Hi there! I feel a bit guilty about promising to have a Top Three List post every Saturday, then not writing to you until Monday evening. However, sleeping (uninterruptedly), reading (hours upon hours), eating (nothing but junk), and gazing longingly at the ocean (it rained a lot) took precedence over tappity tap-tapping out a list this week. Sorry, folks!
The Hubs and I were treated to a glorious, three-night beach vacay as my parents (hi, Mom and Dad!) graciously minded the kiddos. It was fab doubled because…two kids. The last time we did this kind of beach getaway was prior to babies, so we were naive and had no idea that we should be doing this type of event on every day that ended in Y.
Our idea of a perfect beach weekend doesn’t necessarily involve toes in the water, toes in the sand, and a cold beer in my hand (we’re Baptists, but prefer alternative adult beverages anyhow). After flopping on the bed and revelling in how much we didn’t have to do (change diapers, force potty-trainers to go #2…basically touch anyone else’s pooper) for three whole days, we immediately got to work. We restructured the relaxation space by placing two TVs side by side and hooking up myriad gaming systems. There’s no better quality time than slouching next to your spouse on a pile of pillows in your pjs while massacring the undead (Skyrim for me) and running around collecting butterflies and flowers (Zelda: Breath of the Wild for him. OK, OK, the game is a bit more manly than that…). We also kept a bag of Jelly Bellys (Bellies?) and sour gummy worms between us because…no mooching toddler.
Yes, we clearly know how to party.
But, hey, to each his own, I suppose.
We did eat out every night and even walked on the beach when we were too stuffed with Thai food to comfortably laze across the bed, controllers in hand.
In other news, we saw Dunkirk. Y’all. I’m still not certain how to handle what I saw. I felt like I was right there with those sweet British boys, which basically meant that I felt like I was drowning, covered in oil, and overall desperate for home. But I still recommend it? It’s so easy to think of wars as historical or far removed, as the big picture only. Those men did something I pray we never have to endure again. I only can vaguely imagine the toll of war.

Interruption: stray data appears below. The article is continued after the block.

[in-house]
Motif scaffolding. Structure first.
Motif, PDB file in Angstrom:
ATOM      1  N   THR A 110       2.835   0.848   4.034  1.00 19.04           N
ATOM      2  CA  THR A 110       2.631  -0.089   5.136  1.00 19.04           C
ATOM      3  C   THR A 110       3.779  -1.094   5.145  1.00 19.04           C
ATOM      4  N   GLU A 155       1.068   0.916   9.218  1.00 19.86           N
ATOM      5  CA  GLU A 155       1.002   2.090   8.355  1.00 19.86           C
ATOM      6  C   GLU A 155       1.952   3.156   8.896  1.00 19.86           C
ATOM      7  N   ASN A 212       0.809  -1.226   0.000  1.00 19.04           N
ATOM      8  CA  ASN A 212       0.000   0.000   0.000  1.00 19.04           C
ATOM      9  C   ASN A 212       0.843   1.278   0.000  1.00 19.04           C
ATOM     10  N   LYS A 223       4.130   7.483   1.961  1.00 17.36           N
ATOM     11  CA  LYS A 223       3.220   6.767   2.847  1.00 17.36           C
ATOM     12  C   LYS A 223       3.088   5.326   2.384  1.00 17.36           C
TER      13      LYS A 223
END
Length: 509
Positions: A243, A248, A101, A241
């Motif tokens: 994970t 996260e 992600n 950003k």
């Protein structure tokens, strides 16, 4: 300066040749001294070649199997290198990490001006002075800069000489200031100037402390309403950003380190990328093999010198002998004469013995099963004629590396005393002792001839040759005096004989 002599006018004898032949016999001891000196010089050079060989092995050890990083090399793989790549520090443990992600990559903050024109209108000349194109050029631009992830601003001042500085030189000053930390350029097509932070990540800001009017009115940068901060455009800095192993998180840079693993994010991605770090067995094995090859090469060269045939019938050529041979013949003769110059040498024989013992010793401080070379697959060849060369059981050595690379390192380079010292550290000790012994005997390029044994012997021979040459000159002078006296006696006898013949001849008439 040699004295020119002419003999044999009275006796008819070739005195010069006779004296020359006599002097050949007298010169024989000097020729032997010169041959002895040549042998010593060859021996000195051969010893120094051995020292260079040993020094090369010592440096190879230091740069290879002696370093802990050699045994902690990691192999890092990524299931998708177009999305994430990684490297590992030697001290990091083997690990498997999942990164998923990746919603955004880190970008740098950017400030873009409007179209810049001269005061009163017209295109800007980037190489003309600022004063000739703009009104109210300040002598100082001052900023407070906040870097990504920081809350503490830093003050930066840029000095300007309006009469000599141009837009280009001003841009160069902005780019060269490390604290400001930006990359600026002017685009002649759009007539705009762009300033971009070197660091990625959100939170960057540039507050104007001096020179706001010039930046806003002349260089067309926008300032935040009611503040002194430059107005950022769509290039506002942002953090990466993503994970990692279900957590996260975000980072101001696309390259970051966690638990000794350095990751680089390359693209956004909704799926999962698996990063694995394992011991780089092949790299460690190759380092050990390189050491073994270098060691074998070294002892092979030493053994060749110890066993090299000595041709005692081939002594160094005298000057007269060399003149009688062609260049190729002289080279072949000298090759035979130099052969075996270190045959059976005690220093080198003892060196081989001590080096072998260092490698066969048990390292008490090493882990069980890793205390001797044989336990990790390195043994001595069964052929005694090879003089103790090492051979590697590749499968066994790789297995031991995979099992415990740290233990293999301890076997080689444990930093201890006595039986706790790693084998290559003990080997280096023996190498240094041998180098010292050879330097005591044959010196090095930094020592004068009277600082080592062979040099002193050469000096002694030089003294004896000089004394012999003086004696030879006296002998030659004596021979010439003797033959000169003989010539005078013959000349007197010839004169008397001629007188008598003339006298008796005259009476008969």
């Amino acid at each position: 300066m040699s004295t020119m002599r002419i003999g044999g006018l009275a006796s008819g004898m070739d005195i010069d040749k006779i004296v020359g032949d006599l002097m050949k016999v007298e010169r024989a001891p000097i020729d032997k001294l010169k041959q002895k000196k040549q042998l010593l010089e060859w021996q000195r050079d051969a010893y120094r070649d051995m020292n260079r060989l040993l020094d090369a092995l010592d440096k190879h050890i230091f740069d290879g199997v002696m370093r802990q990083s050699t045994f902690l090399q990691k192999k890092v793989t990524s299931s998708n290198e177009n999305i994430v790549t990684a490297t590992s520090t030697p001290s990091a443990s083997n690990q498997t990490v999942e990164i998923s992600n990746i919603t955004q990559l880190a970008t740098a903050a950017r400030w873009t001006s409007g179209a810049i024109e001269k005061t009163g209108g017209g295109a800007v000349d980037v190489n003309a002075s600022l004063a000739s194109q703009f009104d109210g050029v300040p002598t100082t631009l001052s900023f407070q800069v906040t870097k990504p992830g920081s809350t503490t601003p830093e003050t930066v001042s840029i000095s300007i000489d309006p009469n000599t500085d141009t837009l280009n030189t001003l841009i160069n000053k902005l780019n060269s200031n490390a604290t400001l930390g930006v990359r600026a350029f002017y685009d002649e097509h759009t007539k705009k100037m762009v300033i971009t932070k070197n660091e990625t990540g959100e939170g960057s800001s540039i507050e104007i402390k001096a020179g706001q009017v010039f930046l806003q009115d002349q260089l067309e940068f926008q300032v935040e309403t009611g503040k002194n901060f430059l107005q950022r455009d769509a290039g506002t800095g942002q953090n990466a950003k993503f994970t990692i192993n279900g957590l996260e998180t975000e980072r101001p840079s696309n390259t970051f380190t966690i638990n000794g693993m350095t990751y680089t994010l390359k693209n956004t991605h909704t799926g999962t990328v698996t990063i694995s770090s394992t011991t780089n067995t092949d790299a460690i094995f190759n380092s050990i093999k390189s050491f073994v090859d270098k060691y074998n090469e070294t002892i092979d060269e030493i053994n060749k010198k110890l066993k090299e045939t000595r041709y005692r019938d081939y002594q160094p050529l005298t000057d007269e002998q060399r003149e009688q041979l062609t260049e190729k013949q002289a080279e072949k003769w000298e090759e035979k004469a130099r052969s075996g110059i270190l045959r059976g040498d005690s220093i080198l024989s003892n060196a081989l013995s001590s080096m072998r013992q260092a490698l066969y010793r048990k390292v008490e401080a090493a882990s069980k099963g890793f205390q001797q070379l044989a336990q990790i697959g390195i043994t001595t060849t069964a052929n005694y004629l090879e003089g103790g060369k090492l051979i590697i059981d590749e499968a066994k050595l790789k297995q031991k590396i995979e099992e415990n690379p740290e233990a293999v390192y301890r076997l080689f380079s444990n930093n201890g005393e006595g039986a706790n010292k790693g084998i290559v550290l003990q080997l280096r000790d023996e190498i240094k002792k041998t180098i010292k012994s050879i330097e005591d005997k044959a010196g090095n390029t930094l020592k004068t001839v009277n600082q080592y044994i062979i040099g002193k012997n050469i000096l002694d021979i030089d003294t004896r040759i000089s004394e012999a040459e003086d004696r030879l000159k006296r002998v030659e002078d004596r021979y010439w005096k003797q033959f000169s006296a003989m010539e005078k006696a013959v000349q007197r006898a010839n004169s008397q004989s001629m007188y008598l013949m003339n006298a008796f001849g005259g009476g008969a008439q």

While my fingernails are still recovering from the viewing (my husband leaned over partway through and warned me this would happen), I highly recommend Dunkirk to anyone over about 10 years old. It’s a realistic war movie without being too violent, if that makes sense. It’s not gory for blood and gore’s sake. Incredibly well done.
(You’re welcome for that brilliant transition.)
I finished The Brainy Bunch by Kip and Mona Lisa Harding. The subtitle reads “The Harding family’s method to college ready by age 12.” I think this is a tad misleading, as the homeschooled kids began dual-enrolling at a local college at 12, they weren’t dropped off at a dorm with a “see you at Christmas!” Additionally, keep in mind that these kids aren’t Ivy-League geniuses, so that makes the whole concept more tangible.
We’ve already been toying with the idea of homeschooling, so the book opened up that can of worms even further. This family has 10 kids, so that adds a whole separate dynamic (please, Lord, I don’t know if we’re done, but 10…sounds like a lot lot lot lot of work. And Mama’s already tired.). The book received mixed reviews, mainly, from what I can see, because of the family’s conservative Christian outlook. Not a good reason to bash a book, in my humble, Jesus-lovin’ opinion.
Basically, they believe in their children and don’t waste time. A kid expresses interest in space? Boom. Sign them up for space camp. Check out library books. Find a friend-of-a-friend who cleans rockets for a living. Etc. Etc. Etc. The parents don’t just shrug off their kids’ interests with a placating smile. They take them seriously and hit the ground running. And when they run out of things to teach them in a particular area, they look to the next level (i.e. college). The Hubs (who was homeschooled through most of his childhood) and I find this particular concept exciting. The Harding children aren’t exceptional students, but their parents worked to keep them interested in their education. Love it. Not sure how it’ll affect our future, but I love the seed it planted.
I also nearly finished My Lady Jane by Cynthia Hand, Brodi Ashton, and Jodi Meadows (HOW do three authors write a book together? Mind boggling, truly.) I’ll give you the op-ed masterpiece on that shortly (it’s hilarious and references a ton of other things I love). I’m actually THIS close to finishing, so I’ll wrap up here and head to my spot.
What do you do to relax? Or what’s the dream vacation that would be PERFECT for you and the spouse (or significant other)?